Council gives voice to disabled youth

17th October 1997 at 01:00
Children with disabilities are being invited to have their say in plans to improve their life at school. They are being asked to form a new city council committee in Leeds which is expected to have its own budget.

The committee of young people will advise on and help develop policy to meet the special needs of disabled children. It is believed to be the first council committee of its kind. "Most councils have committees to represent the needs of the disabled community, but to my knowledge, none of those take the very specific needs of disabled children and young people into account," said Brian Dale, chair of Leeds Council's disabled people's equality committee.

"There are hundreds of disabled youngsters in Leeds and I think it's time we gave them a voice. Rather than them coming to us for help and advice we are asking young people with disablities what they would like us to do for them.

"I feel this kind of political representation is long overdue and is a significant step forward for Leeds."

Mr Dale said he wanted the new committee to represent the needs of all disabled young people, including those whose disability is not obvious to the naked eye.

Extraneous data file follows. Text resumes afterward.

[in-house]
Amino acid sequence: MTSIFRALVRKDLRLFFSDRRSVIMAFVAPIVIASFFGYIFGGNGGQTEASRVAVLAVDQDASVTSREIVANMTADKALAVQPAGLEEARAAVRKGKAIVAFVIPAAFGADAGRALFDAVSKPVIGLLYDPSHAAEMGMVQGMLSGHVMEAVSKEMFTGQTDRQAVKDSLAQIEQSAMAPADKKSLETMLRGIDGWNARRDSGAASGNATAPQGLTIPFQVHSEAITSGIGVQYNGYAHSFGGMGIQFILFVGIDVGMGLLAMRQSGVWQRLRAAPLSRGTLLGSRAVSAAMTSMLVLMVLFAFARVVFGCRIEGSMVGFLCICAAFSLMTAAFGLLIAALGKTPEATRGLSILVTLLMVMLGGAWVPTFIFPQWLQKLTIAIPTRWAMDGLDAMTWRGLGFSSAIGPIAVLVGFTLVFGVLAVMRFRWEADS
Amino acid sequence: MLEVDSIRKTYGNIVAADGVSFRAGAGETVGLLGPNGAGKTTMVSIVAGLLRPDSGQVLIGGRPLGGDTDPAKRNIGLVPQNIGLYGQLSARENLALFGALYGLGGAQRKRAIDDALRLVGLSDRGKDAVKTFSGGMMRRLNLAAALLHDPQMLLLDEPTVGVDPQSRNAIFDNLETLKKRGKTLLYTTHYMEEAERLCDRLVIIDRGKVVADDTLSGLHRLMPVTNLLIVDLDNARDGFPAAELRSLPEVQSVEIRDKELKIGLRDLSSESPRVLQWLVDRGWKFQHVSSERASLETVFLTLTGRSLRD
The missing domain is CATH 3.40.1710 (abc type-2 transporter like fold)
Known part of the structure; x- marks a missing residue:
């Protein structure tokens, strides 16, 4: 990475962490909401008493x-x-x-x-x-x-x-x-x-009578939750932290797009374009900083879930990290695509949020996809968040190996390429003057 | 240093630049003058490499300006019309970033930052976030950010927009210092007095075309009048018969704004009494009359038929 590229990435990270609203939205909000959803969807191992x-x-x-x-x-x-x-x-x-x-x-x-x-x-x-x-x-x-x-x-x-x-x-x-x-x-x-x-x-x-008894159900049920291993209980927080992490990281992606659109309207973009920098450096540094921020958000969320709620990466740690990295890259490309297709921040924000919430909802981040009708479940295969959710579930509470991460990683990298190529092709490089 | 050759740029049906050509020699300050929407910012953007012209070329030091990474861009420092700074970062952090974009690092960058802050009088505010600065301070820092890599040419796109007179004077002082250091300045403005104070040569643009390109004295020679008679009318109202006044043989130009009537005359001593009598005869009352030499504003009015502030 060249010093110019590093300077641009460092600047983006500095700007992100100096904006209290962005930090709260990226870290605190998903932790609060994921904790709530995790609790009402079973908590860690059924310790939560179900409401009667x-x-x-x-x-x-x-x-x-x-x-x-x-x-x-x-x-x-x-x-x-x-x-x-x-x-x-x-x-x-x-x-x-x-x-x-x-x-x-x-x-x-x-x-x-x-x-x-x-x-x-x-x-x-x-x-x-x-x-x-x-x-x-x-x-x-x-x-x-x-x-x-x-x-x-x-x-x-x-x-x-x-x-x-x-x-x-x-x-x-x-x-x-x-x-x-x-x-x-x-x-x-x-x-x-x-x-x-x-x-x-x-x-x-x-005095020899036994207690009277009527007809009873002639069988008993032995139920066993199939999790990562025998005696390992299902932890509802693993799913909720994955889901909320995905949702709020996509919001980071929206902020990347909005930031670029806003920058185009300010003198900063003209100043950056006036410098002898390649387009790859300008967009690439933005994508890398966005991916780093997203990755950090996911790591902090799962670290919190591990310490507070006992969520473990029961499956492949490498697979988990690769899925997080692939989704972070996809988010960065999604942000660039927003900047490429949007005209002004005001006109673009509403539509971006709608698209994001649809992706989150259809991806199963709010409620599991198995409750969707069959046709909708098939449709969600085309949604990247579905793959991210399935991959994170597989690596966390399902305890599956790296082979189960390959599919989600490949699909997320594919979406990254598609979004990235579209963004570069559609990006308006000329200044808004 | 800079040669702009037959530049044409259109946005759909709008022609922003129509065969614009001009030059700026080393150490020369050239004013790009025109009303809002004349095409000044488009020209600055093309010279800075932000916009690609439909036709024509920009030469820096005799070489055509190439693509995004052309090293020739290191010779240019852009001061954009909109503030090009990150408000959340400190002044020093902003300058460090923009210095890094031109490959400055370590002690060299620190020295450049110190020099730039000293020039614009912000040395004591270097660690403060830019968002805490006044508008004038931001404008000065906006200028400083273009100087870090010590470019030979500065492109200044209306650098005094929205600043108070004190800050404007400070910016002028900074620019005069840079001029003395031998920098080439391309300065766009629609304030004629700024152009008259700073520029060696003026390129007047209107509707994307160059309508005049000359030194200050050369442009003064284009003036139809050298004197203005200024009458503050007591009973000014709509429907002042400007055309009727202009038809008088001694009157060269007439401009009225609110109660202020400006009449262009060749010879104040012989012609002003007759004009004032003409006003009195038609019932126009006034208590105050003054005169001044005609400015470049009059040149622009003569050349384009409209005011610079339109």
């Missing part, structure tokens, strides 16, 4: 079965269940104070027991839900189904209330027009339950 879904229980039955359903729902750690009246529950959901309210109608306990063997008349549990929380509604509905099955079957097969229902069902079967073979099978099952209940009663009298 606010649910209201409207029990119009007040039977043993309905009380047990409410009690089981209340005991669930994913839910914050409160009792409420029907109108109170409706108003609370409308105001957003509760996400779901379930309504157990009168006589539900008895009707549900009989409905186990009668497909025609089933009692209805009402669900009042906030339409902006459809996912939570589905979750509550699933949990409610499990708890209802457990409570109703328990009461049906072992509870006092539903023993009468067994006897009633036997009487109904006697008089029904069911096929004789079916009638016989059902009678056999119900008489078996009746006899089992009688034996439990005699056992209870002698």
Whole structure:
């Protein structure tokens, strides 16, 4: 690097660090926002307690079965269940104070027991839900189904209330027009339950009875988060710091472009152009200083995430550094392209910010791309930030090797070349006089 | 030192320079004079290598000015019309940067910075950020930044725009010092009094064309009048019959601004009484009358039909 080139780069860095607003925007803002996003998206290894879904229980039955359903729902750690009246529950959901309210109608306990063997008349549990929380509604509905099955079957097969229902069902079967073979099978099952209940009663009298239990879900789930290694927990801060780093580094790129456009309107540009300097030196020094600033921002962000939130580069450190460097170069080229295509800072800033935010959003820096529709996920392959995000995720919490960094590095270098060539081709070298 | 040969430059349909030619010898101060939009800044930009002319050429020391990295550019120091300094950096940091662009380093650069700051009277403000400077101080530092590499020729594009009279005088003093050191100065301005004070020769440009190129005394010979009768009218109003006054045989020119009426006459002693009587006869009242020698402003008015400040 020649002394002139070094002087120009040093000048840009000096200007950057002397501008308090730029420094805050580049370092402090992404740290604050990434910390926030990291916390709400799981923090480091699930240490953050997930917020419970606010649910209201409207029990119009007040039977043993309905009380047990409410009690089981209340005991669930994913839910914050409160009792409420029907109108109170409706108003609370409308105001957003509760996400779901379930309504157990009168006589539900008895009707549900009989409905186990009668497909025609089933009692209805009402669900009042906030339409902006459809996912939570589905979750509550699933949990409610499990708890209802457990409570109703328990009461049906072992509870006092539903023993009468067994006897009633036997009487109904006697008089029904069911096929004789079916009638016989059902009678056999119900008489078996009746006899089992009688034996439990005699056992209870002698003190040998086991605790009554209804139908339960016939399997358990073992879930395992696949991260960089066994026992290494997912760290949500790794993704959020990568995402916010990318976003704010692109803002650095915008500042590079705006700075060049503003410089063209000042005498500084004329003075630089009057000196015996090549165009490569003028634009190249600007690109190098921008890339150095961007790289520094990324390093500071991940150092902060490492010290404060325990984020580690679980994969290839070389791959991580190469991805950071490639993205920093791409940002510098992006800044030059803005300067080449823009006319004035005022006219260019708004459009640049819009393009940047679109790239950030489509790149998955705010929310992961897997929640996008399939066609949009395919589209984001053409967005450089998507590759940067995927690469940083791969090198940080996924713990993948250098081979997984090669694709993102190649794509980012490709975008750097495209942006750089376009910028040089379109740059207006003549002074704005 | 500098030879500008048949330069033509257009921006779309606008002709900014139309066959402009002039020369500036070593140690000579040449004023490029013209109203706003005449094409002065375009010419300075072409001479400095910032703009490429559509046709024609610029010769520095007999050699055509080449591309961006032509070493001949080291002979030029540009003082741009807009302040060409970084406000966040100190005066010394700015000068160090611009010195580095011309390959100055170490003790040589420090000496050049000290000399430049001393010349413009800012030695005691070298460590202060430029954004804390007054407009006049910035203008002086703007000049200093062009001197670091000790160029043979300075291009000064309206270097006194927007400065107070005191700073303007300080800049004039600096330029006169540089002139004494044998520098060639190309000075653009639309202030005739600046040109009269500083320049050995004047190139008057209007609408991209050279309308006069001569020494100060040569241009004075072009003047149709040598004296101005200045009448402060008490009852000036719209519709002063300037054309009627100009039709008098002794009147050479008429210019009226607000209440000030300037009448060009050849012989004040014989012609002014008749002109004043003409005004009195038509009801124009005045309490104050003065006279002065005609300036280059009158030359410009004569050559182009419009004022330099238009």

"To most people, the word disabled conjures up images of a wheelchair or white stick. However, disabilities can be much more subtle and I hope this committee will represent all young people with special needs, whether they have a physical disability, learning difficulties or need regular medical treatment such as kidney dialysis."

The new Leeds Disabled Young People's Advisory Committee is not restricted to schoolchildren - Mr Dale wants to hear from other young people who are interested.

was welcomed by the city's education chair, Sarah Perrigo, who said they wanted to provie the best possible standard of education for all children. This new move, whe said, would play a very valuable role in achieving that goal.

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